First Impressions - Callum Price

I have now reached the second month of my 10 month tenure as a teacher in China, based in the city of Huaihua in Hunan Province. I consider this quite a feat; I am a 22 year old from the small South Wales Valley town of Merthyr Tydfil who has never lived away from home, now living in a city of 5 million who don’t speak the same language as myself, halfway across the World!

One of my first impressions of China is that it seems to be falling over itself in its rush to build. New blocks of flats compete for space with ramshackle tenements huddled below. Construction sites seem to be in operation 24/7! This is a symptom of China’s previous decade of economic boom, and it is quite a sight to experience firsthand!

My second impression tally’s with many other comments left here-how weird and bizarre China can be! There are certainly many sights, rituals and cultural differences that at first came as quite a shock, but these are quickly overcome by the general kindness and generosity of the Chinese people (the exception being Chinese taxi drivers- that proves to be just as terrifying now as it did origninally!). To ally any fears for any avid Karl Pilkington fans, I have not yet been made to eat any insects or baby birds! As commented, people will stare as you walk down the street, in all areas of China, from the relatively Westernised Beijing to Huaihua, which does not have the same flood of tourists.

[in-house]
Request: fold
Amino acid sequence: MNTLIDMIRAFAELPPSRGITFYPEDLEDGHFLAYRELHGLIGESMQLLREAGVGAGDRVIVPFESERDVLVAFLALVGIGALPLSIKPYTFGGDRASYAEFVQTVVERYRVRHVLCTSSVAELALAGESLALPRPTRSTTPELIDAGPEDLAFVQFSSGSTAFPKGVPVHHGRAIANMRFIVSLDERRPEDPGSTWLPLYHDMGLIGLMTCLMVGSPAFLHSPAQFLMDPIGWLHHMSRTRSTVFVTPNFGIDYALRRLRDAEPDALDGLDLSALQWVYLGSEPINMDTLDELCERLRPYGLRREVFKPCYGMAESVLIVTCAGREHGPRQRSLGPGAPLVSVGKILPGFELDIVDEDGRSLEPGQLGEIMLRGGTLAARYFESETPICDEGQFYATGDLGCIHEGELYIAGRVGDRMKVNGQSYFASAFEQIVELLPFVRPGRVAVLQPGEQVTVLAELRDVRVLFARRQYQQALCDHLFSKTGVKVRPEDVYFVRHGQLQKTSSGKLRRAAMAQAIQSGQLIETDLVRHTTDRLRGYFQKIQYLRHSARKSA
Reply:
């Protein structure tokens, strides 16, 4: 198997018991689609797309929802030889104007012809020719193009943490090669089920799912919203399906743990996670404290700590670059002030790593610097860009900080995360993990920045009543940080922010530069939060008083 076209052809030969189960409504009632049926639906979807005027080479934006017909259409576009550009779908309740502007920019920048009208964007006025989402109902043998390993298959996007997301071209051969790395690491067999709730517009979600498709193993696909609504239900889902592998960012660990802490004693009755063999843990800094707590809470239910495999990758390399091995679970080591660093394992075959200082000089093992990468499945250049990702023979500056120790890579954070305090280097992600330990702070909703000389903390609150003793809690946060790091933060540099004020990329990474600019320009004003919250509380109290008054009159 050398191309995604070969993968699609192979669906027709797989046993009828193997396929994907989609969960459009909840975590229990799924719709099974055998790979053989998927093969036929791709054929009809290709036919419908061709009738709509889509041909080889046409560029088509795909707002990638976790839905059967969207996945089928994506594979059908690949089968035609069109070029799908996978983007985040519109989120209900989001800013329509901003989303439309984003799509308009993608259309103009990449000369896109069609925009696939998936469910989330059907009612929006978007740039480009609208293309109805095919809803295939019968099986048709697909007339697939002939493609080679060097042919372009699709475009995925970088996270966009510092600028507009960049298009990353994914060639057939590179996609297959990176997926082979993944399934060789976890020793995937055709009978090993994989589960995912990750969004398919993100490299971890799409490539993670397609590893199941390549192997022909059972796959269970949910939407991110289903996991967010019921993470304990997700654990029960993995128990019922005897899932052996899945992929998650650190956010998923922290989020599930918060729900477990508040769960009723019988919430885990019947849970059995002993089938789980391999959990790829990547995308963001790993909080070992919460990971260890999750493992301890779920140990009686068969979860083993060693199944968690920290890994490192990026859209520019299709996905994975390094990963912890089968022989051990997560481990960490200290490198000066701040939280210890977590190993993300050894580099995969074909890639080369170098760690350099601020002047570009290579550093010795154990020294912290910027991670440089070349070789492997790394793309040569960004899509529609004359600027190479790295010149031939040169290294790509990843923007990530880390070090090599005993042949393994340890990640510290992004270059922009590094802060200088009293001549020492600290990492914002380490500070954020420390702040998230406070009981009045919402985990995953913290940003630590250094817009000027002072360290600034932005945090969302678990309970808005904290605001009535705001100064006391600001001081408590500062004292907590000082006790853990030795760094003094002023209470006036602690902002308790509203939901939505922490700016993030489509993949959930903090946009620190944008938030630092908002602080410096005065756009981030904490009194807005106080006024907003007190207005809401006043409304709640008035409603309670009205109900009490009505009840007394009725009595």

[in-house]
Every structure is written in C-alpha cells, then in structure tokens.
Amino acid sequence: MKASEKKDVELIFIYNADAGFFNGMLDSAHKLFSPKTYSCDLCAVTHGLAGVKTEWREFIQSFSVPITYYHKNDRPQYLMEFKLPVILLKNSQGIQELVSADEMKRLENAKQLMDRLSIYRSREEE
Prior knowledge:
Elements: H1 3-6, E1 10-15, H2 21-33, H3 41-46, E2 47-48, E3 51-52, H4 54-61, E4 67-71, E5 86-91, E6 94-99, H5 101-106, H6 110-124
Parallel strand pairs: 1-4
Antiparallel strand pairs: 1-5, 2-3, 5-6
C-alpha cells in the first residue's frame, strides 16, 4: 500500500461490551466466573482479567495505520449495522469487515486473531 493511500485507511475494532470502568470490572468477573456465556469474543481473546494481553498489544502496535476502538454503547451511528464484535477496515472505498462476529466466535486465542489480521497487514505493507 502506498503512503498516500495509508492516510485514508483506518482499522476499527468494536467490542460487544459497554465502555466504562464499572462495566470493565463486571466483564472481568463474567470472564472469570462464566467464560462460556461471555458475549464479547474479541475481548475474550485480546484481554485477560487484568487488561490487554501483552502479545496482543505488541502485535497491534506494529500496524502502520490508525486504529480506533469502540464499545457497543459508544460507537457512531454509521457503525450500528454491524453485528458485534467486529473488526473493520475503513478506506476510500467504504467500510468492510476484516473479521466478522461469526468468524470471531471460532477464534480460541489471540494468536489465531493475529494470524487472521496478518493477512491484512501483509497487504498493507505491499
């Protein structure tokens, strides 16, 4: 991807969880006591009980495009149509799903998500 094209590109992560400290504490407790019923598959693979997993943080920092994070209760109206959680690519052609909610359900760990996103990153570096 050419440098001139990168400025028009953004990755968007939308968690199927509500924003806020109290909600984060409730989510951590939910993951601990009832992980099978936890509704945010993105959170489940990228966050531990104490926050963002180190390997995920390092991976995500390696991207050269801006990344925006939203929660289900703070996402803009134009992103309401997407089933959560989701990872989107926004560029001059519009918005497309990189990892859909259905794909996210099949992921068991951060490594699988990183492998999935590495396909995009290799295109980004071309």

I have flirted with the option of becoming a teacher for many years, and I consider myself extremely privileged to have had such an experience as this. Not only have I had the opportunity to work with some incredible students and teachers, but it has given me practical, on-the-job training in an environment which you couldn’t find in the UK. I teach between the ages of around 6-16, and when I think back to my school days, and I struggle to think of half a dozen students who were as attentive as the students I teach at No.3, or as intelligent! The students are always willing to converse, either in the classroom or out on campus or in the street, and I find myself often invited to other teachers homes for meals, or to participate in events, such as inter-departmental football matches. These are often mutually beneficial encounters, with me imparting some English, and learning some colloquial Chinese in return!

The food here in Huaihua is proving perfect for my palette! I am a fan of spicy food, but the flavour here is out of this world! I have become very accustomed to Chinese dishes in my short time here, from Jiaozi (meat-filled dumplings) to wok-fried aubergine.

Admittedly, learning Chinese is proving a big difficulty! I am given 2 hours worth of Chinese lessons by my school each week, and the problem is not through bad teaching on their part, or indeed laziness on mine, it is just very difficult! I have managed to pick up basic greetings and phrases, but it has proved an uphill struggle! This is an area I am particularly keen to work on, given China’s rising economic hegemony on the world stage.

The experience has certainly helped me a great deal, from weaning me from my pop-tart addiction to exercising patience with people on a daily basis and widening my view of the world. It has helped me realise how tough a job teaching can be (for anyone who’s never taught, it is a terrifying experience when your lesson plan doesn’t work and you have 45 minutes of a lesson left!), how to organise a semester’s worth of lessons, but more importantly, how to let go of any fear, find my fun side again after 3 years of university and help my students enjoy my classes!

I anyone wants to contact me, and ask a few questions, please feel free!
My email address is